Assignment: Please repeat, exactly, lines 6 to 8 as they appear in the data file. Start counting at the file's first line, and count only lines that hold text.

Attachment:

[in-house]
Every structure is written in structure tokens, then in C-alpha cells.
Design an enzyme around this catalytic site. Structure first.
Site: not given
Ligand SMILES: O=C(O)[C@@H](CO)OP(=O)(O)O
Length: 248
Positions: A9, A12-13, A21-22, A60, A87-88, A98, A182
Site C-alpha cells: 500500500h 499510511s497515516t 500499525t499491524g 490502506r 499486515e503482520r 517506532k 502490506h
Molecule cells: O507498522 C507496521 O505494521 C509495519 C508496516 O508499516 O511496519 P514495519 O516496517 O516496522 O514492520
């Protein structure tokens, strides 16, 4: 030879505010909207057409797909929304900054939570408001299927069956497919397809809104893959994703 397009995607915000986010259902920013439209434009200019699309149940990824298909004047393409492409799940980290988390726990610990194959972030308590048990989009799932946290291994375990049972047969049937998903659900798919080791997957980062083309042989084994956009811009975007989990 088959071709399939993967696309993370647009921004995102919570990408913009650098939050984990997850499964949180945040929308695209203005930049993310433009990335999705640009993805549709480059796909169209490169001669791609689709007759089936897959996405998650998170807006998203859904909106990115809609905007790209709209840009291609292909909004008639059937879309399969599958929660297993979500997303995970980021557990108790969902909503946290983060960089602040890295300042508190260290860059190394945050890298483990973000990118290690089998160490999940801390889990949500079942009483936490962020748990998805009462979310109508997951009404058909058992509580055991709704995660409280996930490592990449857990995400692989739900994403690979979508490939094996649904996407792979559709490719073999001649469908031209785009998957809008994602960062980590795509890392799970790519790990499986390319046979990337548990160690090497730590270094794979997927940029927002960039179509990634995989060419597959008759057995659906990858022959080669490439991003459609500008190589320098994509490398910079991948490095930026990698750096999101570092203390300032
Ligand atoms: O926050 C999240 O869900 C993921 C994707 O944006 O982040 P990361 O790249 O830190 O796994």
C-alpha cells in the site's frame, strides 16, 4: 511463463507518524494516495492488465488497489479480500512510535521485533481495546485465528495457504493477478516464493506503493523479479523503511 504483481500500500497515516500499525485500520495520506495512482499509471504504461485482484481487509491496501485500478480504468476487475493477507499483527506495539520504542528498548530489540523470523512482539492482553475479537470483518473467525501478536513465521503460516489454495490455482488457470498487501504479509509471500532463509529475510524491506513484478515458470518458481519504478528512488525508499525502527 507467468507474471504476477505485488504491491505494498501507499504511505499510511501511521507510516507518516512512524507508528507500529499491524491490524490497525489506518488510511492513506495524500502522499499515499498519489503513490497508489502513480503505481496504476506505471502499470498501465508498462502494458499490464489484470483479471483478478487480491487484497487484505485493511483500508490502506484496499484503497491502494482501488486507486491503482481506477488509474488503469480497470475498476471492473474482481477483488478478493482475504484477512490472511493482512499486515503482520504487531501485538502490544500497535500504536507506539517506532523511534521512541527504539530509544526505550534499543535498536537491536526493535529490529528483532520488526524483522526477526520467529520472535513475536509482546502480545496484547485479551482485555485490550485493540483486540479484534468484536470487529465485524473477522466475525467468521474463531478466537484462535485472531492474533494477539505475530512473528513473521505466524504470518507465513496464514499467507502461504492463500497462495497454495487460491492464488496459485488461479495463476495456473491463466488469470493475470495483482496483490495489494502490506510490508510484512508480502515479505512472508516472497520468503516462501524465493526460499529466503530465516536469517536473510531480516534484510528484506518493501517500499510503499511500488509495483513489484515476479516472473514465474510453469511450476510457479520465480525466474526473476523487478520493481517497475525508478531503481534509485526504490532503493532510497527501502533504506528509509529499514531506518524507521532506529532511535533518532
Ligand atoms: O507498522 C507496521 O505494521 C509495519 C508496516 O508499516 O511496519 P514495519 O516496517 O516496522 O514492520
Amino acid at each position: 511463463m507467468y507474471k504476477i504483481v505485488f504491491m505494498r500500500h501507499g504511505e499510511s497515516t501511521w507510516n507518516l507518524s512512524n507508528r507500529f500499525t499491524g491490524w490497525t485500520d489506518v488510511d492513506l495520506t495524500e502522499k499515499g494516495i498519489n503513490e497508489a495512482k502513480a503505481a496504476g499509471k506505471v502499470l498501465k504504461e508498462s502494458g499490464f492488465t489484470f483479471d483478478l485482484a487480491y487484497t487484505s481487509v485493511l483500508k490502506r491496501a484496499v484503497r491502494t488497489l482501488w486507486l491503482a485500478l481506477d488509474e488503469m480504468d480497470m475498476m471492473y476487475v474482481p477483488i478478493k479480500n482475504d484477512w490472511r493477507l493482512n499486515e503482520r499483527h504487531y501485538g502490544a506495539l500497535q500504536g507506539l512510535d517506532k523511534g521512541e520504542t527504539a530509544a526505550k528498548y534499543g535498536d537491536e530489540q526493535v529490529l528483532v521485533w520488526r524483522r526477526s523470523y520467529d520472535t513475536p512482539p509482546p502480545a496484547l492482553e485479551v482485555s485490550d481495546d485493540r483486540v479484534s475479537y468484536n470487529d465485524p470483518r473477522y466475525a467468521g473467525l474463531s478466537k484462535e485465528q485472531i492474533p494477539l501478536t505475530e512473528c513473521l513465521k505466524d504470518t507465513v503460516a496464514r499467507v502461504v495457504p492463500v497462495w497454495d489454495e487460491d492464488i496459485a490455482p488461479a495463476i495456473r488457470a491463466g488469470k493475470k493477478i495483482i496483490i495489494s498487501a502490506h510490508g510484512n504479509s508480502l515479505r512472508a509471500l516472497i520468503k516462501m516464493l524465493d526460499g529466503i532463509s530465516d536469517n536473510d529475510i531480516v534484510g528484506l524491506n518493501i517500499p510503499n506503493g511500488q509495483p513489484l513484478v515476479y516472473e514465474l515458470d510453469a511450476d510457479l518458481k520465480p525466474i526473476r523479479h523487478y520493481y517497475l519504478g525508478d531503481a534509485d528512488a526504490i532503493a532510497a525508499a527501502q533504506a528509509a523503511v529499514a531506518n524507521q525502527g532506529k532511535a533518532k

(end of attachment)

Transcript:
Length: 248
Positions: A9, A12-13, A21-22, A60, A87-88, A98, A182
Site C-alpha cells: 500500500h 499510511s497515516t 500499525t499491524g 490502506r 499486515e503482520r 517506532k 502490506h